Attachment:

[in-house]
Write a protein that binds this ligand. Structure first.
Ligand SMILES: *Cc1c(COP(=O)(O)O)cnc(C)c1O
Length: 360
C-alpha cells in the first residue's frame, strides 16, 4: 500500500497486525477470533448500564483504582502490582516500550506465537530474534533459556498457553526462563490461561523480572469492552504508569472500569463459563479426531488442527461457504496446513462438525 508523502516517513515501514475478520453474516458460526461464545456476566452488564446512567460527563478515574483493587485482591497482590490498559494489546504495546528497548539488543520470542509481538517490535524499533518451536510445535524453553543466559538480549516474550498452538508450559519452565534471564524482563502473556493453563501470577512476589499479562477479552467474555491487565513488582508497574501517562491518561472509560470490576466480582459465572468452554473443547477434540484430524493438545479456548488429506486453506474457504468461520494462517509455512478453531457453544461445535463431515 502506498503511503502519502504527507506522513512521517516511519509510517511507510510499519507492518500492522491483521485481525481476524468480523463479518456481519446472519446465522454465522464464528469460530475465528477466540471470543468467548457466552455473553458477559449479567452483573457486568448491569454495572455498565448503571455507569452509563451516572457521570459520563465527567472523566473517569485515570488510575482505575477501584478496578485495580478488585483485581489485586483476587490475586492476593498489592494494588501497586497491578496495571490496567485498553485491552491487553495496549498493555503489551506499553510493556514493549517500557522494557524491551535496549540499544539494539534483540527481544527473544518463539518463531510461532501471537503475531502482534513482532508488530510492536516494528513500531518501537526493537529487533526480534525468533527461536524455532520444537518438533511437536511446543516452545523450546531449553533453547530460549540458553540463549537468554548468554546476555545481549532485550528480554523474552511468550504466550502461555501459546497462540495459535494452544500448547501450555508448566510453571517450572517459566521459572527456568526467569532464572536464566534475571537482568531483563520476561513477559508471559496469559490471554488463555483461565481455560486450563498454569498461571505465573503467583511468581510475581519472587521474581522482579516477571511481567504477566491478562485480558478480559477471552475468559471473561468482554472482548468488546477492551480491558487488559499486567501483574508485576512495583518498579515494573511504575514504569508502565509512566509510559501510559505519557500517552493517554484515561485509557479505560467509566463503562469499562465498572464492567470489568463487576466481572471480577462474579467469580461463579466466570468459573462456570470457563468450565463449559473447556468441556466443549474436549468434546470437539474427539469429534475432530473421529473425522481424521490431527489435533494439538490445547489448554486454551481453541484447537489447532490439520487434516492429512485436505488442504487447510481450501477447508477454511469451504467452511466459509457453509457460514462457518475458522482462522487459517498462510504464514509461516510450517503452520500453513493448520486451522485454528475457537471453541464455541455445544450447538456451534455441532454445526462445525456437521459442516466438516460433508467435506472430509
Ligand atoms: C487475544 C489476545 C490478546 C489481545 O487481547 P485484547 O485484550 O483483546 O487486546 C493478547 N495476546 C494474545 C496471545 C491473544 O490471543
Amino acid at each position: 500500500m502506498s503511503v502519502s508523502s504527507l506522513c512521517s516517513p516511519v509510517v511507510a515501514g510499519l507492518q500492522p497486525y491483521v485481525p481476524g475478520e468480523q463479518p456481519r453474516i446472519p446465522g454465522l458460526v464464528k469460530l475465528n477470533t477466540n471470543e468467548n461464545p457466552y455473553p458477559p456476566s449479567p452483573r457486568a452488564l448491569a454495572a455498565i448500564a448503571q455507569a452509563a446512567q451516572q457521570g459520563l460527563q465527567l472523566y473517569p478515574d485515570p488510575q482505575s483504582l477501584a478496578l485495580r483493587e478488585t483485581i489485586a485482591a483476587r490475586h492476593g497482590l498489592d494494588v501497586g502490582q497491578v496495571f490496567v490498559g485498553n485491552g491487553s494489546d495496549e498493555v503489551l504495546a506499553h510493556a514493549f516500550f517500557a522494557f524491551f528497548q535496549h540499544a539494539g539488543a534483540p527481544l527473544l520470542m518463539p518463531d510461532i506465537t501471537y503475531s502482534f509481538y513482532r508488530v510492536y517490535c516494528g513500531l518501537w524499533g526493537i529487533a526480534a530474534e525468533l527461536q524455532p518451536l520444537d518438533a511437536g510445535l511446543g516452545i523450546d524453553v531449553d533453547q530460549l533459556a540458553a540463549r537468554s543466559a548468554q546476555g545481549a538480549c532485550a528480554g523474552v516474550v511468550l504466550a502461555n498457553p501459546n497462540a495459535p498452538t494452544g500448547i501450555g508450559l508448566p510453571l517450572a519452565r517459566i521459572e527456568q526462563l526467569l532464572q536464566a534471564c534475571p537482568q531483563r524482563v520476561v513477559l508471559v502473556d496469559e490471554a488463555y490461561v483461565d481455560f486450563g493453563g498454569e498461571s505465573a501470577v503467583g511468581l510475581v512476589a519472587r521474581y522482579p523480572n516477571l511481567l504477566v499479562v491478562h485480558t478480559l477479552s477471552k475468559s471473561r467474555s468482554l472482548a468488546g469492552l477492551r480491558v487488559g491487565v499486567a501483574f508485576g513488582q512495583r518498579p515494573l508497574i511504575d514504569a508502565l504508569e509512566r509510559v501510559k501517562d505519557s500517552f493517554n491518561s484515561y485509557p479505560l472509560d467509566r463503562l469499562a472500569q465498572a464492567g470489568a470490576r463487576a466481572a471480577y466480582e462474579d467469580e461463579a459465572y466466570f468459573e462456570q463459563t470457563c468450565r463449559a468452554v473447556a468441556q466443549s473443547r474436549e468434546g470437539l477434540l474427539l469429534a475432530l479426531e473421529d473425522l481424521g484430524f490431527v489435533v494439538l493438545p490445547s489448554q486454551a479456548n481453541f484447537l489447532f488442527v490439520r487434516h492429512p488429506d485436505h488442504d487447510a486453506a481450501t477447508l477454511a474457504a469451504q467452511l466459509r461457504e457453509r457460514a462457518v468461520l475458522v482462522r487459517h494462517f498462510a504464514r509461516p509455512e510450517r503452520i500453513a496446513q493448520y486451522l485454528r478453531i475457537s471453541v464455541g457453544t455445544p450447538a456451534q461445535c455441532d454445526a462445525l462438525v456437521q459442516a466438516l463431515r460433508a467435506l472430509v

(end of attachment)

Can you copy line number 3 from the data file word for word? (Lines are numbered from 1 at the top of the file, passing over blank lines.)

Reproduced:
Ligand SMILES: *Cc1c(COP(=O)(O)O)cnc(C)c1O